# Conditional Probability. What is a conditional probability? It is the probability of an event in a subset of the sample space Example: Roll a die twice,

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Conditional Probability

What is a conditional probability? It is the probability of an event in a subset of the sample space Example: Roll a die twice, win if total ≥ 9 Sample space S = set of outcomes = {11, 12, 13, 14, 15, 16, 21, 22, …, 65, 66} Event W = pairs that sum to ≥ 9 = {36, 45, 46, 54, 55, 56, 63, 64, 65, 66} Pr(W) = 10/36

What is a conditional probability? Now suppose we know that the first roll is 4 or 5. What is now the probability that the sum of the two rolls will be ≥ 9? Let B = first roll is 4 or 5 = {41, 42, …, 46, 51, 52, …, 56} Event W∩B = {45, 46, 54, 55, 56} Pr(W | B) = |W∩B|/|B| = 5/12 “Probability of W given B”

Conditional probability But since the sample space is the same, In general, the conditional probability of event A given event B is defined as

What is the difference between Pr(A|B) and Pr(B|A)? Pr(A|B) is the proportion of B that is also within A, that is, Pr(A|B) is |A∩B| as a proportion of |B| Pr(A|B) is close to 1 but Pr(B|A) is close to 0 AB A∩B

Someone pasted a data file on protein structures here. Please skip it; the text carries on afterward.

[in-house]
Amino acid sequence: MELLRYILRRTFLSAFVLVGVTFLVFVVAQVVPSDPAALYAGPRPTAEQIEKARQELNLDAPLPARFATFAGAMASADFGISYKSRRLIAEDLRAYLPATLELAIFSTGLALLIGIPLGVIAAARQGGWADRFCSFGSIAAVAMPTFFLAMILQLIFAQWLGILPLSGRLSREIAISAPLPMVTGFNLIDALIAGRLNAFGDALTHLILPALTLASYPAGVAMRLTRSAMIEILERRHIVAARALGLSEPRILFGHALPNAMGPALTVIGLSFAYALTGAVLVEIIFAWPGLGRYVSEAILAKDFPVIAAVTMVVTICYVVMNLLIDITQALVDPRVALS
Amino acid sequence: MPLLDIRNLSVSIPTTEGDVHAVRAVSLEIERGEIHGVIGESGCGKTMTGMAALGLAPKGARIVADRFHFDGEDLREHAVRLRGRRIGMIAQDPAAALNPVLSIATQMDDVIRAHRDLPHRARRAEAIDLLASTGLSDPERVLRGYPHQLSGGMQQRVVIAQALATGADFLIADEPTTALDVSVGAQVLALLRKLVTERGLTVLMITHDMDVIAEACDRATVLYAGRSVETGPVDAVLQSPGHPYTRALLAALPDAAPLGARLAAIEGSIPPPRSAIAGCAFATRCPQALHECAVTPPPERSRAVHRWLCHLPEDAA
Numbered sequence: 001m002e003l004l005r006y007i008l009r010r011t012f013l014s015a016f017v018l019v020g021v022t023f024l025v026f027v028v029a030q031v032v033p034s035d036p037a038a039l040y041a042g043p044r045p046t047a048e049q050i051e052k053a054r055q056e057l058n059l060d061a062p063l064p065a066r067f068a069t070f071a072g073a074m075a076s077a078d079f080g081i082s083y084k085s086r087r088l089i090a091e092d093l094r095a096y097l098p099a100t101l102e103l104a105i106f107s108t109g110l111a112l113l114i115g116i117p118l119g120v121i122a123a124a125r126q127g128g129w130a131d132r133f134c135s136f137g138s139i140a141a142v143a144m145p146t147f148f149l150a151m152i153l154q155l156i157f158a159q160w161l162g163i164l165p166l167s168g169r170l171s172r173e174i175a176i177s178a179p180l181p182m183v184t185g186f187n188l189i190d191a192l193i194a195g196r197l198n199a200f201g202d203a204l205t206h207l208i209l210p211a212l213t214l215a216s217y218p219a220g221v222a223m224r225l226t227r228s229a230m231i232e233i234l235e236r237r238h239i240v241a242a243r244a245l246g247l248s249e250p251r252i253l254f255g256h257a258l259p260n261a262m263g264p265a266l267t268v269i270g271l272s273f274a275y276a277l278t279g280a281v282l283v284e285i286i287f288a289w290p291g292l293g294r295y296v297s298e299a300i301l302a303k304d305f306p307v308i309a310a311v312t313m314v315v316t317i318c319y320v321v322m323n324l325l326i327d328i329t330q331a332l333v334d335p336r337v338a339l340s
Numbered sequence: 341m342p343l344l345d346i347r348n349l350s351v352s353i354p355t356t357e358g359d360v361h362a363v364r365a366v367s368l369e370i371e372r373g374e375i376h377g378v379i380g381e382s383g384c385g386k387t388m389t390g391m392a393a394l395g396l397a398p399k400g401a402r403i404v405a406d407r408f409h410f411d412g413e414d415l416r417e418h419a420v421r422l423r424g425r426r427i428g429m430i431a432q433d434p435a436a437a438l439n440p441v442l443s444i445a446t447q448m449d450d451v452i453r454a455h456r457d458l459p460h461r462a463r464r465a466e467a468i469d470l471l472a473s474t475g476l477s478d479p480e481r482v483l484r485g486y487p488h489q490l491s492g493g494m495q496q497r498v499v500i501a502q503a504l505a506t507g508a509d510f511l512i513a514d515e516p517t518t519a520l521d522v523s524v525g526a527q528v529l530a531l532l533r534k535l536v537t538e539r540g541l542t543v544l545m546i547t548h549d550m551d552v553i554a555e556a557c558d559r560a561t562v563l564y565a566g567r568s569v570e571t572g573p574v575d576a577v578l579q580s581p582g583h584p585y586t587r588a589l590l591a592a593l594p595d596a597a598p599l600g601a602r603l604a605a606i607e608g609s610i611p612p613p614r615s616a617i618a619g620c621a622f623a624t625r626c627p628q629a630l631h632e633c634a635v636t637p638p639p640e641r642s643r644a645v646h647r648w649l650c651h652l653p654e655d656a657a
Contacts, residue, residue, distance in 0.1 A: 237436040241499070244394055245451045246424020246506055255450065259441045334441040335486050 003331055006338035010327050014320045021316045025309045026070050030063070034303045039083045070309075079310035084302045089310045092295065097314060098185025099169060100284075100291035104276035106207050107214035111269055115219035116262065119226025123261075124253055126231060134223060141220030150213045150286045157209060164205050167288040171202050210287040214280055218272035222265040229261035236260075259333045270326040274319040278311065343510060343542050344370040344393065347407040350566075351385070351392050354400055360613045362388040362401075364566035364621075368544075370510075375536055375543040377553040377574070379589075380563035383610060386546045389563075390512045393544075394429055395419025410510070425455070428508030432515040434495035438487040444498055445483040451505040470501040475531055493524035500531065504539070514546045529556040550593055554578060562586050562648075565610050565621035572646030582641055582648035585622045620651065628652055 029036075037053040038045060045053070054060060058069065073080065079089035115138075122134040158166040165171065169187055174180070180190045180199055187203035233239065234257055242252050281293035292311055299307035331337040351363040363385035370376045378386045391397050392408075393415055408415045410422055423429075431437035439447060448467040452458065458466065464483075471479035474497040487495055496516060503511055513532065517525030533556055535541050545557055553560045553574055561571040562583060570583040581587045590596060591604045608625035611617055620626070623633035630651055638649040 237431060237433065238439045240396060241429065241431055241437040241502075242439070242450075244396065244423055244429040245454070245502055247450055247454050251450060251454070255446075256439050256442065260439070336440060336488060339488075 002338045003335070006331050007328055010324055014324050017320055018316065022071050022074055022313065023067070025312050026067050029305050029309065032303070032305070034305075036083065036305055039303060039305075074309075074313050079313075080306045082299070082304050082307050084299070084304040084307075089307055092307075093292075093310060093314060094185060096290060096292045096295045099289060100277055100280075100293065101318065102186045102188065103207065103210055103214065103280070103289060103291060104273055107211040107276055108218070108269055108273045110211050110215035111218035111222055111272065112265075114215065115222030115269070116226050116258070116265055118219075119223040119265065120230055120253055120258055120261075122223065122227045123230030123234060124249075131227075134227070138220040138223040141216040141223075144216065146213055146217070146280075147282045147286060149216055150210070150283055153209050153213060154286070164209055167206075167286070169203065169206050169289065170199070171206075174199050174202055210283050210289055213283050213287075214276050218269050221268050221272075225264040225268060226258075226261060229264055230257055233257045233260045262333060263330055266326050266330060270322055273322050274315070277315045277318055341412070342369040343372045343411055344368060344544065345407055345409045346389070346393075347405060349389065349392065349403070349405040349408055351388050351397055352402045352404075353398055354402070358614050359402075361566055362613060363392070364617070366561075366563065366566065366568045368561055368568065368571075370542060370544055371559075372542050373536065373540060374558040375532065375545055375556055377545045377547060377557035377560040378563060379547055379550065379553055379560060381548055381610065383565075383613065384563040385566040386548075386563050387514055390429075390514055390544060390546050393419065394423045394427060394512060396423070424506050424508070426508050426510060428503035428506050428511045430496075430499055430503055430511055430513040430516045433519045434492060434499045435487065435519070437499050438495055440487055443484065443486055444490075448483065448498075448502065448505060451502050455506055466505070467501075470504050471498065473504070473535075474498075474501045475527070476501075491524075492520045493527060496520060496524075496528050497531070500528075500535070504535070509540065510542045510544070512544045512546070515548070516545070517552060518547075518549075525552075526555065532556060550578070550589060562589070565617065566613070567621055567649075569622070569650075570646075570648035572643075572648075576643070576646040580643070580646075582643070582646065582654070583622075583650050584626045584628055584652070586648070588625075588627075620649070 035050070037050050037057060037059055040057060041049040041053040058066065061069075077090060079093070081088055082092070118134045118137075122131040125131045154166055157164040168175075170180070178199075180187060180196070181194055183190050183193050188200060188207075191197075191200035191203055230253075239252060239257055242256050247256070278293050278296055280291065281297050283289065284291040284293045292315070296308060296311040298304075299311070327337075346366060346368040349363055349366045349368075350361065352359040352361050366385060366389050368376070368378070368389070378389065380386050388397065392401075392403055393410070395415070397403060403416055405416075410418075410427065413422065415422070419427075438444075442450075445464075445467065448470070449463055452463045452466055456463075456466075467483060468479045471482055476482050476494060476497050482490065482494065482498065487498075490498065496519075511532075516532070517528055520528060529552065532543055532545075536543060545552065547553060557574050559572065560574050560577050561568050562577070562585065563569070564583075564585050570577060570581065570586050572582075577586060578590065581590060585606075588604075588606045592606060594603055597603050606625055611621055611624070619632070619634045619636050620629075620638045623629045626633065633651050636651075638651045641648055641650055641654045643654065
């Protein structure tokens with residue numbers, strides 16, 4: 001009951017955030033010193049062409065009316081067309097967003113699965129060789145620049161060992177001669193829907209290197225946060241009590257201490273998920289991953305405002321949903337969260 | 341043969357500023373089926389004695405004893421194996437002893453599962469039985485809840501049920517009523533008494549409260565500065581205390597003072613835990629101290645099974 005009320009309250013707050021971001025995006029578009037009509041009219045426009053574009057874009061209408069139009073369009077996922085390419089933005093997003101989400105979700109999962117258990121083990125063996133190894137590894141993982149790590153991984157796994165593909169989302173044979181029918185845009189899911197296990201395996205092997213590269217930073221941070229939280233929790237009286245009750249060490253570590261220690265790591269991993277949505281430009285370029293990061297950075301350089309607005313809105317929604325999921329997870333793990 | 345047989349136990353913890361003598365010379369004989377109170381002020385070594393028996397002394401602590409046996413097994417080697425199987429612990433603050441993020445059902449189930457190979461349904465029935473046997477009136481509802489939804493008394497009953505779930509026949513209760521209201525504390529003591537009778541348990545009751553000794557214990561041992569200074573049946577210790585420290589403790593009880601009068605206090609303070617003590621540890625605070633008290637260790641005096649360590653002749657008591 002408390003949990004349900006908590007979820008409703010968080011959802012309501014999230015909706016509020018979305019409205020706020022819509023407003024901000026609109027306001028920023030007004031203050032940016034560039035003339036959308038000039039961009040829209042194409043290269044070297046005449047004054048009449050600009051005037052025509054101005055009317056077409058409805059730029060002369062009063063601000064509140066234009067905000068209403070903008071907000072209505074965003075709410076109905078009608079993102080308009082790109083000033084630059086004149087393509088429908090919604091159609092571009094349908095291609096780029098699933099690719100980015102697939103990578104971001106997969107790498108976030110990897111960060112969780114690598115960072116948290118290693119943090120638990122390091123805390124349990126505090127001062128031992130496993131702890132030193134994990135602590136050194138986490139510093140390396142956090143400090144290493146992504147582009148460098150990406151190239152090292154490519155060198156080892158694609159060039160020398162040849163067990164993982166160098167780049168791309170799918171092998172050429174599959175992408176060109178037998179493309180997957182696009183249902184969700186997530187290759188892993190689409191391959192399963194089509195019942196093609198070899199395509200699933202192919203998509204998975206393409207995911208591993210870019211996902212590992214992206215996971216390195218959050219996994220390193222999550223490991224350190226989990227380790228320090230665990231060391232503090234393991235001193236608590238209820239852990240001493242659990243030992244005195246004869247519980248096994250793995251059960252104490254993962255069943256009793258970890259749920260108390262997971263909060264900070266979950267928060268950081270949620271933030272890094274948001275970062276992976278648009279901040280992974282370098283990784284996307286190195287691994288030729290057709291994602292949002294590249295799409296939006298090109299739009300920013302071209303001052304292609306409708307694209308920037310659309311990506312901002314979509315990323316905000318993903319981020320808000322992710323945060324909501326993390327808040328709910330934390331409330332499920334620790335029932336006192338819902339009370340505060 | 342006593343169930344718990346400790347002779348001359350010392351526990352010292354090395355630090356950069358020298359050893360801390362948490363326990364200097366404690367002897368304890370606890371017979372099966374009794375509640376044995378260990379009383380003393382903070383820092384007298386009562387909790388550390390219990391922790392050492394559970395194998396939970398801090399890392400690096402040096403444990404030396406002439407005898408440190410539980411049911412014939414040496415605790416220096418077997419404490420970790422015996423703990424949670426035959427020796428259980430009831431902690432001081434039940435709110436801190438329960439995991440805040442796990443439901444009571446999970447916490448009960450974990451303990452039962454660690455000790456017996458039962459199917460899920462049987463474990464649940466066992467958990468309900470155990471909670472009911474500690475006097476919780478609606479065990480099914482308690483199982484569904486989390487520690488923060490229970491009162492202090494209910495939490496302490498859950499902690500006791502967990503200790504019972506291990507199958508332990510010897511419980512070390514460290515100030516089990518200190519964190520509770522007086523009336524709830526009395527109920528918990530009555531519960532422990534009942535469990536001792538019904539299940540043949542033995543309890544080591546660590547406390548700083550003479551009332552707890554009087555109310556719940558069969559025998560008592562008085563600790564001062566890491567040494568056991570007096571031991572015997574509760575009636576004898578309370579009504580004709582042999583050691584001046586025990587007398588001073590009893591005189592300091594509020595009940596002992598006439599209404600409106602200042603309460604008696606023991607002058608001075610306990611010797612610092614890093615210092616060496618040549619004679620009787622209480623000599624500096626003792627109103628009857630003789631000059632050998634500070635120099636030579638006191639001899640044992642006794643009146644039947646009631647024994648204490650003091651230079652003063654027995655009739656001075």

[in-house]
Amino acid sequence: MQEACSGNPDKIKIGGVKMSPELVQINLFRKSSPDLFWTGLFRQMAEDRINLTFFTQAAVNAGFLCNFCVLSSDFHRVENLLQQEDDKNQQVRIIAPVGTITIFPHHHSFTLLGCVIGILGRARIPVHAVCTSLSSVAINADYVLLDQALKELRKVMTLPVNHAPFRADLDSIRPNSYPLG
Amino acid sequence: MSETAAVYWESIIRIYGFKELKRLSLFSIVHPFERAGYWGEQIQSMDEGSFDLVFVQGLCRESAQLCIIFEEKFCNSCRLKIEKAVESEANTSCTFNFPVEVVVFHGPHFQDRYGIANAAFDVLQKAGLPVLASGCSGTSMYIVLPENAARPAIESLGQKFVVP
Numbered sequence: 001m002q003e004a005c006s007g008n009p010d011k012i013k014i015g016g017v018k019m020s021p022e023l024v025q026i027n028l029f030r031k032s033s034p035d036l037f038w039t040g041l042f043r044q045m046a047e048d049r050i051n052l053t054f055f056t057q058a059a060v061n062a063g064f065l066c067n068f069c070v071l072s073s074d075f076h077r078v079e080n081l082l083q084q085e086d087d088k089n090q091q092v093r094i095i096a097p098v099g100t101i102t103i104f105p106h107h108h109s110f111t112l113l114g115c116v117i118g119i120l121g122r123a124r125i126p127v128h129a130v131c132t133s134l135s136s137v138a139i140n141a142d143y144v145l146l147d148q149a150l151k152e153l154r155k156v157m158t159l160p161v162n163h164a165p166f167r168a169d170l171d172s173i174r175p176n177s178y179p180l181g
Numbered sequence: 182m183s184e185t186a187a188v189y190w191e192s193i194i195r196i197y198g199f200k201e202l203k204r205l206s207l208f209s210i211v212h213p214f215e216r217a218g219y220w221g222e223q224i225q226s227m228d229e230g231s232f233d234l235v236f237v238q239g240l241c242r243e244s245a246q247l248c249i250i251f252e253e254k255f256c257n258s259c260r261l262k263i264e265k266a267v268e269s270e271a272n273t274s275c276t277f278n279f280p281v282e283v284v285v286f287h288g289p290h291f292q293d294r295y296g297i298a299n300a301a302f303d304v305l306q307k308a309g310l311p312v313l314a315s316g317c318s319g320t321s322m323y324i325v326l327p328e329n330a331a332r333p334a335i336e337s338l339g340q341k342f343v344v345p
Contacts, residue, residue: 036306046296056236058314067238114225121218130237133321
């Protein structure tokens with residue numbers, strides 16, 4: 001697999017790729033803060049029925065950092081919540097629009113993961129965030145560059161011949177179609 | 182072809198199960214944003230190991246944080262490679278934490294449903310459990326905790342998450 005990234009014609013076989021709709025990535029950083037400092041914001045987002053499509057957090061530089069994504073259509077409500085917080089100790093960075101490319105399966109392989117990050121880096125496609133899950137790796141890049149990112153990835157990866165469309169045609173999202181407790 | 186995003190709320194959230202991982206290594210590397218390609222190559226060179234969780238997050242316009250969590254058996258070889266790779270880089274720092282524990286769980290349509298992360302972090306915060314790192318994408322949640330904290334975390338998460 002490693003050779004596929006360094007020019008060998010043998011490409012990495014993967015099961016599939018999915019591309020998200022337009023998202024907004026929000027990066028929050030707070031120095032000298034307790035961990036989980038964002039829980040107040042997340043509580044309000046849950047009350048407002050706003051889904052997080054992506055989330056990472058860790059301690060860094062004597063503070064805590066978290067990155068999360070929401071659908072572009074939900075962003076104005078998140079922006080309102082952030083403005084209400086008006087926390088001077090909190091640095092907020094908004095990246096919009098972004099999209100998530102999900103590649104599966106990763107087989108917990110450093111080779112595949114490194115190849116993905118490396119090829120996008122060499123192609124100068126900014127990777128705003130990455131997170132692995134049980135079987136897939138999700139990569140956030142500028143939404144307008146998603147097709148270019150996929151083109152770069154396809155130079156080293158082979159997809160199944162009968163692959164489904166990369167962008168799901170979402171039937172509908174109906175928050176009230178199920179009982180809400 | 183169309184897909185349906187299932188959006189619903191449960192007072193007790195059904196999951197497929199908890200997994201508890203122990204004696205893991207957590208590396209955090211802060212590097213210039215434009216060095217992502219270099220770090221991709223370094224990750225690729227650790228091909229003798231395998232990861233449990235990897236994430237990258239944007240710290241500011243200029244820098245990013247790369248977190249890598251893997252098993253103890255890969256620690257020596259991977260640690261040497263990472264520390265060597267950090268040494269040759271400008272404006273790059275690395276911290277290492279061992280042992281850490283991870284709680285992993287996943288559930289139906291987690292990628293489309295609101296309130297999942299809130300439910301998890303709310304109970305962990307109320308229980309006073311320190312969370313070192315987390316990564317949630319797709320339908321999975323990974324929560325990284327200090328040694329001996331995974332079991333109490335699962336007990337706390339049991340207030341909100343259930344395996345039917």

CS20 This class has 42 students, 13 freshmen, 17 women, and 5 women freshmen So if a student is selected at random, –Pr(Freshman) = 13/42, –Pr(Woman) = 17/42 –Pr(Woman freshman) = 5/42. If a random selection chooses a woman, what is the probability she is a freshman? –Simple way: #women freshmen/#women = 5/17 –Using probability:

Conditional Probability and Independence Fact: A and B are independent events iff Pr(A|B) = Pr(A). That is, knowing whether B is the case gives no information that would help determine the probability of A. Proof: A and B independent iff Pr(A)∙Pr(B) = Pr(A∩B) Pr(A∩B) = Pr(A|B)∙Pr(B) So as long as Pr(B) is nonzero, Pr(A)∙Pr(B) = Pr(A|B)∙Pr(B) iff Pr(A) = Pr(A|B)

Total Probability Suppose (hypothetically!): –Rick Santorum has a 5% probability of getting enough delegates to become the Republican nominee, unless the voting goes beyond the first ballot and there is a brokered convention –In a brokered convention, Santorum has a 65% probability of winning the nomination –There is a 7% probability of a brokered convention (cf. Intrade.com) What is the probability that Santorum will be the Republican nominee?

Total Probability Simple version: For any events A and B whose probability is neither 0 nor 1: That is, Pr(A) is the weighted average of the probability of A conditional on B happening, and the probability of A conditional on B not happening. B B _ A S

“Total probability” = weighted average of probabilities Pr(Santorum|Brokered) =.65 Pr(Santorum|¬Brokered) =.05 Pr(Brokered) =.07 Then Pr(Santorum) =.65∙.07 +.05∙.93 =.092

FINIS

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